Why was the royal meeting canceled in the last second? Was really an attempt made to bring Morocco the recognition of Israel, or only the Israeli media tried to boost Netanyahu’s image as he failed once again to form a government? If indeed the Moroccans were upset, why did the meeting between Pompeo and the Director-General of the Moroccan State Security took two hours? These details are our topic for next week.


The background and what we know

            It is important to point out that the Moroccan-American ties are not only traditionally strong, but also differ in nature from most of the American ties with the Arab countries. Rabat was one of the first countries in the world to recognize the United States after its war of independence. For which a whole museum is dedicated in Tangier. This relation steadily grew, and was exploited well after Morocco’s independence for the benefit of both sides. As countries like Algeria, Libya or Egypt all joined the pro-Soviet camp in the ‘50s and ‘60s, Morocco, quite the contrary pulled ever closer to the pro-Western camp. That, however, never meant such a financially based, absolute dependency on American support like so many examples of the Gulf or even Jordan.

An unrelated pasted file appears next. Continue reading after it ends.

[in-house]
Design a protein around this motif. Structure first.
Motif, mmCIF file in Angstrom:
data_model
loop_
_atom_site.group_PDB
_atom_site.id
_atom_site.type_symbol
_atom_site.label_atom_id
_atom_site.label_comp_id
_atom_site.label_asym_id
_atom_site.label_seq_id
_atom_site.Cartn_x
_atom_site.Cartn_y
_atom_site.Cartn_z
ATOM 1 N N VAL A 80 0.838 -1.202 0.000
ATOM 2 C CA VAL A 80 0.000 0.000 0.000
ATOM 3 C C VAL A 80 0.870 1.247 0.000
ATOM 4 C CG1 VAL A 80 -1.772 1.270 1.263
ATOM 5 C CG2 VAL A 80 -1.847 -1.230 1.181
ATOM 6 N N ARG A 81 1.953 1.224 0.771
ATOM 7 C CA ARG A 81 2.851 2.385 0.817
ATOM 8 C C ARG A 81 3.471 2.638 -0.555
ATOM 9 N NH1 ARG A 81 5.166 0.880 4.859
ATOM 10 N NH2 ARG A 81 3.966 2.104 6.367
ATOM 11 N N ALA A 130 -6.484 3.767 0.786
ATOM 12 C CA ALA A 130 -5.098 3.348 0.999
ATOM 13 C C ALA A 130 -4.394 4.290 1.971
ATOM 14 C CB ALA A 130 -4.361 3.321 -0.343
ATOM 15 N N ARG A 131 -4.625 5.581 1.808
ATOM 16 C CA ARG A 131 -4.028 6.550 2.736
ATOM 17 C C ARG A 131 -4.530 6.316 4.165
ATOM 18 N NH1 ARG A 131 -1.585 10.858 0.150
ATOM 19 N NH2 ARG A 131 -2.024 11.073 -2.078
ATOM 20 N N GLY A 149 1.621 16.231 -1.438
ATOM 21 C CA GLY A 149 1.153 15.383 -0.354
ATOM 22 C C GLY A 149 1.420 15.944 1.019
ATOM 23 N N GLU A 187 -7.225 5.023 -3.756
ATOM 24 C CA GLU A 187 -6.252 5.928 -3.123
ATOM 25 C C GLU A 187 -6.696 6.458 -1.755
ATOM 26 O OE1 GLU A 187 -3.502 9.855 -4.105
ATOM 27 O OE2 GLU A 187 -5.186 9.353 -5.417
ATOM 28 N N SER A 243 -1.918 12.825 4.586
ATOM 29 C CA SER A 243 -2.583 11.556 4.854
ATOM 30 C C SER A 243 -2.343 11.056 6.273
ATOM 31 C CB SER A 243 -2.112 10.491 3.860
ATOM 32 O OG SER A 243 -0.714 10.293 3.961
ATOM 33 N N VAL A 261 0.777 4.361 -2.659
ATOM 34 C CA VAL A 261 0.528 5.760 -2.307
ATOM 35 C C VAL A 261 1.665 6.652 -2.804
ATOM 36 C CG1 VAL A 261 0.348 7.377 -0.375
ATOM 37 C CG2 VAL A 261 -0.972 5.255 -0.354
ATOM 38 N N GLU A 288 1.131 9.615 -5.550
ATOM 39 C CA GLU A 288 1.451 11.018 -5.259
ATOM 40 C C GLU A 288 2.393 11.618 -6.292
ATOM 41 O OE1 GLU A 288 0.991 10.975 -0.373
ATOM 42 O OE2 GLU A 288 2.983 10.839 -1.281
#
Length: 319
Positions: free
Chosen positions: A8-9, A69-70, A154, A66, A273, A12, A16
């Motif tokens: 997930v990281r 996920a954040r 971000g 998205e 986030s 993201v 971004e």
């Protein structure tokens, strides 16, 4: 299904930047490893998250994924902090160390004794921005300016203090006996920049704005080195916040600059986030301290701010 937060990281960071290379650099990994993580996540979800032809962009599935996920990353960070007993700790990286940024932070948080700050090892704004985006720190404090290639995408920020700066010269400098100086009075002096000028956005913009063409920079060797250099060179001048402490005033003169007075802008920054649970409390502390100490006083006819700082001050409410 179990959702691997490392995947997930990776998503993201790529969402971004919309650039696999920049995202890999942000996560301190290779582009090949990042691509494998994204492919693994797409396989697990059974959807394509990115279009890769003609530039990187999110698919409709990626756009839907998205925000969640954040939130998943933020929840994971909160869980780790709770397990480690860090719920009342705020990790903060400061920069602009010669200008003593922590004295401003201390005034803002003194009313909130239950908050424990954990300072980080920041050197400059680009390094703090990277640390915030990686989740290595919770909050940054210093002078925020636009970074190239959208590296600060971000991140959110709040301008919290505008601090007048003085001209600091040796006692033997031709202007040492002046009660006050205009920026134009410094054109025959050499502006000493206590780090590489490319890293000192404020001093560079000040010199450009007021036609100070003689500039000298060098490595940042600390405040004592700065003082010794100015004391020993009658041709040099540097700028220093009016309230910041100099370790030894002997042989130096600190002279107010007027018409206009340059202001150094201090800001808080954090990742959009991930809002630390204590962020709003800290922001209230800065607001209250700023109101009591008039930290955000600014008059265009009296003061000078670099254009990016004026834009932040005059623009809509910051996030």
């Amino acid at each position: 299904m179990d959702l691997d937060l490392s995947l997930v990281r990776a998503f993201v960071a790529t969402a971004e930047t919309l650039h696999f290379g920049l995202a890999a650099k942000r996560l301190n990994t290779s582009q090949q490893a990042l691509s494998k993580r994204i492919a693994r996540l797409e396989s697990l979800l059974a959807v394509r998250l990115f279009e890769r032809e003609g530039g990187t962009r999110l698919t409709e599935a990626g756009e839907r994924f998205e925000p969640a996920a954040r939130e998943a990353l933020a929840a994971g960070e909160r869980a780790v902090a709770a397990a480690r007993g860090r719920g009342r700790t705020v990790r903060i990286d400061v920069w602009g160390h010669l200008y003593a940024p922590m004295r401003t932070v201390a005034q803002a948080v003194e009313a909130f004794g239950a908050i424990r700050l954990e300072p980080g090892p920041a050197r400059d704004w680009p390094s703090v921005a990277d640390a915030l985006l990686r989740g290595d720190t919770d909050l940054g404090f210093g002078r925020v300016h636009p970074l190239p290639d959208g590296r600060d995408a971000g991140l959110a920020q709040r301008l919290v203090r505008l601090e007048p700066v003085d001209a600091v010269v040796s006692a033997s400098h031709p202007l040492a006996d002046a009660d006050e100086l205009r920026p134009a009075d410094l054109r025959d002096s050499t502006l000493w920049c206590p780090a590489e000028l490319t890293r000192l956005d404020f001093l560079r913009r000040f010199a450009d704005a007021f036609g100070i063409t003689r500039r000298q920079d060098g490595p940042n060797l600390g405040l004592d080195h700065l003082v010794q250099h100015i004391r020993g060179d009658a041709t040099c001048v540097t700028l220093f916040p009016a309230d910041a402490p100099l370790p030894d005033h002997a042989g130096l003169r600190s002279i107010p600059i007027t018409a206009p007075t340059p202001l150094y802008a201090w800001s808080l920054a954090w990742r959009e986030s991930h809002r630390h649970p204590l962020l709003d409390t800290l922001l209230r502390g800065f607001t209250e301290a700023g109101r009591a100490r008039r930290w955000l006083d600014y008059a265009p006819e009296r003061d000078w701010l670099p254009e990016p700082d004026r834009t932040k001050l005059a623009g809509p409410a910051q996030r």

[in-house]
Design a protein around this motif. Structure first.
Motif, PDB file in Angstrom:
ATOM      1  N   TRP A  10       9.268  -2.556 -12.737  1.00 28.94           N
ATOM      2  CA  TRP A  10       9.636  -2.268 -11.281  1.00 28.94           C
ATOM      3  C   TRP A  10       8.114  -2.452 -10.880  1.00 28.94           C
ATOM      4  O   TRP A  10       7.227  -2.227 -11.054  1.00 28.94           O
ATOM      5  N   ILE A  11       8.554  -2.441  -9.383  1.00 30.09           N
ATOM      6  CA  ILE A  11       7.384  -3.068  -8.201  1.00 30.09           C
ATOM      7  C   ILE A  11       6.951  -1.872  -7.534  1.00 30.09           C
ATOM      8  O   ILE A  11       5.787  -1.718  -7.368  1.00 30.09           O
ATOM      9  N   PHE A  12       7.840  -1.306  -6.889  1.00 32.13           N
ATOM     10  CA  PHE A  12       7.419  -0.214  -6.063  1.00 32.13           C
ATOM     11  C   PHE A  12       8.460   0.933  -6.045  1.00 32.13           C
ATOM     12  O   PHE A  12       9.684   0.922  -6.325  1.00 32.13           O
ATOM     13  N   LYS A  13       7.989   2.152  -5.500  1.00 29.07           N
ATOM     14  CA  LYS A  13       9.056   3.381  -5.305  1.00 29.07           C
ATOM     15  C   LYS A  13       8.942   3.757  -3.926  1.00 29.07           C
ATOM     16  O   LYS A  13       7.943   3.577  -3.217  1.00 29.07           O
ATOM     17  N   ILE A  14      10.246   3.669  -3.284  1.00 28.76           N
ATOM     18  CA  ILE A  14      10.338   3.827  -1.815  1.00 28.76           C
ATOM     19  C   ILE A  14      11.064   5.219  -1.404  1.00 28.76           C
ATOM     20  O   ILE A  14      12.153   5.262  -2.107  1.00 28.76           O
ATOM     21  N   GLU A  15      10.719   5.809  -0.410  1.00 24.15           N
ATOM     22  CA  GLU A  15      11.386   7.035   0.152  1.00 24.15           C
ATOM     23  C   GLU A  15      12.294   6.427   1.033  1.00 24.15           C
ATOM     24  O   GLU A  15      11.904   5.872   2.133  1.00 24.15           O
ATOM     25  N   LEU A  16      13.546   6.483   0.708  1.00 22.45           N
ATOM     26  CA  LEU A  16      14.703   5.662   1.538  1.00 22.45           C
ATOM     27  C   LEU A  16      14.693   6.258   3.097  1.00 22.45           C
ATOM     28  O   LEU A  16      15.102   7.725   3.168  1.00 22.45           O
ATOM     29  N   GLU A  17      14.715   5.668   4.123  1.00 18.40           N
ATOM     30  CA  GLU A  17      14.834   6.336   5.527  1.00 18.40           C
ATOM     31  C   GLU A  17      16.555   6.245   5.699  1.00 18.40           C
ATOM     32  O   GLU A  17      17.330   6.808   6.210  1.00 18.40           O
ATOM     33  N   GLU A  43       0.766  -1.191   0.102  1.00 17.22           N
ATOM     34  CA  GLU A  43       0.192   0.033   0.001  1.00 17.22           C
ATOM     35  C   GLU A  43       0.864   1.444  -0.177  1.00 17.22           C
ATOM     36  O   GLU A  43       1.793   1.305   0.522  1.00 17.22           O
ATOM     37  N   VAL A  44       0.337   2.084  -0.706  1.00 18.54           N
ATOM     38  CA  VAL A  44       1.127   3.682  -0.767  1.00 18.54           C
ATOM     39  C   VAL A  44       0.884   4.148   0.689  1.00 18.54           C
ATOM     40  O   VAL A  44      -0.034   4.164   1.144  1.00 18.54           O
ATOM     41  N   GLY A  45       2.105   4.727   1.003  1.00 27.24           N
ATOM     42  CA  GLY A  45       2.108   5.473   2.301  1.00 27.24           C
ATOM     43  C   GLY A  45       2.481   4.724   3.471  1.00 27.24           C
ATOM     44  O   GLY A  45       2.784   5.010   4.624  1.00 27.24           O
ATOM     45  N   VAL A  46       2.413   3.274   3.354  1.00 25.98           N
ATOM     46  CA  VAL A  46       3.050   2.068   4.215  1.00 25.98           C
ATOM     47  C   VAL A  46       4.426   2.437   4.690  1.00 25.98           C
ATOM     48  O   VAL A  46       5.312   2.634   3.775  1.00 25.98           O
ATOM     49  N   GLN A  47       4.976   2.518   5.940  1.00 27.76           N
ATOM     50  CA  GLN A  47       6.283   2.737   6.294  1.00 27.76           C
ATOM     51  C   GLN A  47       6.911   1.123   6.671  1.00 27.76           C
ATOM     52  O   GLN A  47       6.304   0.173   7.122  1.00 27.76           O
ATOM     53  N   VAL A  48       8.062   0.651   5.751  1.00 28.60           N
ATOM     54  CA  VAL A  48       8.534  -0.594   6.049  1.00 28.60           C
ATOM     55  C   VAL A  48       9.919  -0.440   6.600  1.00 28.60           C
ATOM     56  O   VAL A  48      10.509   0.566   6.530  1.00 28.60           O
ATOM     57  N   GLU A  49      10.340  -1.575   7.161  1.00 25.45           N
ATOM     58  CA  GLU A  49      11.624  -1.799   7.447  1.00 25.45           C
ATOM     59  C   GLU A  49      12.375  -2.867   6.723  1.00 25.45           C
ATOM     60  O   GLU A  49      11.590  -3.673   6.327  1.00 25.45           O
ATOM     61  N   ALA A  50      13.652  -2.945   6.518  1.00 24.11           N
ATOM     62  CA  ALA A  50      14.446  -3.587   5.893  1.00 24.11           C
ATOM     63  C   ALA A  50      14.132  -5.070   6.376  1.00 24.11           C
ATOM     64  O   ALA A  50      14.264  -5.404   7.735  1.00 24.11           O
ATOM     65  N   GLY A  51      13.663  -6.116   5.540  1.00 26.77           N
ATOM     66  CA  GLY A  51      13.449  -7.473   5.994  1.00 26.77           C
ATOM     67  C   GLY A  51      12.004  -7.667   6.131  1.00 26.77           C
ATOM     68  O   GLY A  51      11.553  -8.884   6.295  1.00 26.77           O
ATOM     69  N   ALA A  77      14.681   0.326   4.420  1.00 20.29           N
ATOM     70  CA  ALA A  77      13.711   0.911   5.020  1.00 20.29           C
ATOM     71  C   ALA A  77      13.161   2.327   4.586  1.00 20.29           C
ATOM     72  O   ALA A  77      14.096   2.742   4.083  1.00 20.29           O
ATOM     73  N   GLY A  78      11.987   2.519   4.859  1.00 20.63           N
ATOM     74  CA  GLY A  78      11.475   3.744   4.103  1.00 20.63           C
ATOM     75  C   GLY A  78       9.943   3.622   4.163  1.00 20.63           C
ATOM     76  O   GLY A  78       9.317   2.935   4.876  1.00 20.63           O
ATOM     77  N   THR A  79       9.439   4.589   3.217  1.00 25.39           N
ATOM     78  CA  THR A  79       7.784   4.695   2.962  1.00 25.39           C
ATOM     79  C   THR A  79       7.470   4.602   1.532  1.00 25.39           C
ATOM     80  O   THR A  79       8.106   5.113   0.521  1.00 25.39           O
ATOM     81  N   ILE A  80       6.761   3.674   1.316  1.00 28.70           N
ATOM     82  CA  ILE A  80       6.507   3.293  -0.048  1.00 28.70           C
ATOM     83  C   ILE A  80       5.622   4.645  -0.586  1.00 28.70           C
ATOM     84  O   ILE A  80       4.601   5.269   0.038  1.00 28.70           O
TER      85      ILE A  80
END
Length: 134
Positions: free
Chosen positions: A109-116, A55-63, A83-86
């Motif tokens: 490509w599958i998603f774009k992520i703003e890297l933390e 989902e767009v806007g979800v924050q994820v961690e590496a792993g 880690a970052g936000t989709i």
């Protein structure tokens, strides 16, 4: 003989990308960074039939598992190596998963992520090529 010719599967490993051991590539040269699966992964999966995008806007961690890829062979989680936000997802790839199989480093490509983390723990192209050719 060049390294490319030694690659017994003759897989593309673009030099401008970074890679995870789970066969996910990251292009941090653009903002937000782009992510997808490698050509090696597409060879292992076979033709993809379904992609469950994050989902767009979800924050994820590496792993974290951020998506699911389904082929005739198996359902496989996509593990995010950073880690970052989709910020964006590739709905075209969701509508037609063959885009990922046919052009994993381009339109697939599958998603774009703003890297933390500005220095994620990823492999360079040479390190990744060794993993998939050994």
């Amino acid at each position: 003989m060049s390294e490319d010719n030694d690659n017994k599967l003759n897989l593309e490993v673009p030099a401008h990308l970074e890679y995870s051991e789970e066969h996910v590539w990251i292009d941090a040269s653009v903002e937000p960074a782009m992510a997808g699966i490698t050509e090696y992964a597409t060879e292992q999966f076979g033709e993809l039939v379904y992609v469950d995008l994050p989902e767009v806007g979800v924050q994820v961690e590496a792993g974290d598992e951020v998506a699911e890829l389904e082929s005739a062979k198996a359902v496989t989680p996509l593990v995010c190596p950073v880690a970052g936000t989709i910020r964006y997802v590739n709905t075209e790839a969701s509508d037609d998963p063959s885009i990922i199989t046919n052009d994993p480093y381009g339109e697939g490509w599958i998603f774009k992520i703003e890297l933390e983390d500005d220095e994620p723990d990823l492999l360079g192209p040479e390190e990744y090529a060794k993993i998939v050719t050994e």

These traditionally amicable relations started to improve and was built upon after 2001, when there was already a new leadership in Rabat after the late king II. Ḥasan. Morocco supported most of the endeavors of Washington and its Gulf allies, but always to a limit. Morocco always pursued its own policy and usually tried to stay away from the major disputes of the region. The growing Saudi-Emirati activity in North Africa already caused friction with Riyadh, but that did not really disturb the American-Moroccan ties. Rabat is one of the strongest supporters of Washington’s approaches in North Africa, most prominent amongst these is the Trans-Saharan Counterterrorism Initiative, and that helped to provide support in a number of matters, including that of Western Sahara. Which seems to have recently taken a new approach. The last major step in this line was the fourth session of the American-Moroccan Strategic Dialogue only in this October, where Rabat’s role was highly praised by the Americans.

            Pompeo’s visit came in this context, to boost the already strong connections. However, the fact that one of the fiercest American hawk was about to come to Rabat, and practically alone, casted some doubt about his mission. Was he about to come to gain more support against Iran, or to help to ease the tension between Riyadh and Rabat? Or would he have another agenda?

            The official agenda, affirmed by all sides, was that Pompeo would conduct a two-days visit. First meeting with his Moroccan counterpart, a lengthy discussion with Director-General of the National Security, ‘Abd al-Laṭīf Ḥammūšī, and would close the trip with a meeting with King VI. Muḥammad. While the first part went on, the latter segment never took place.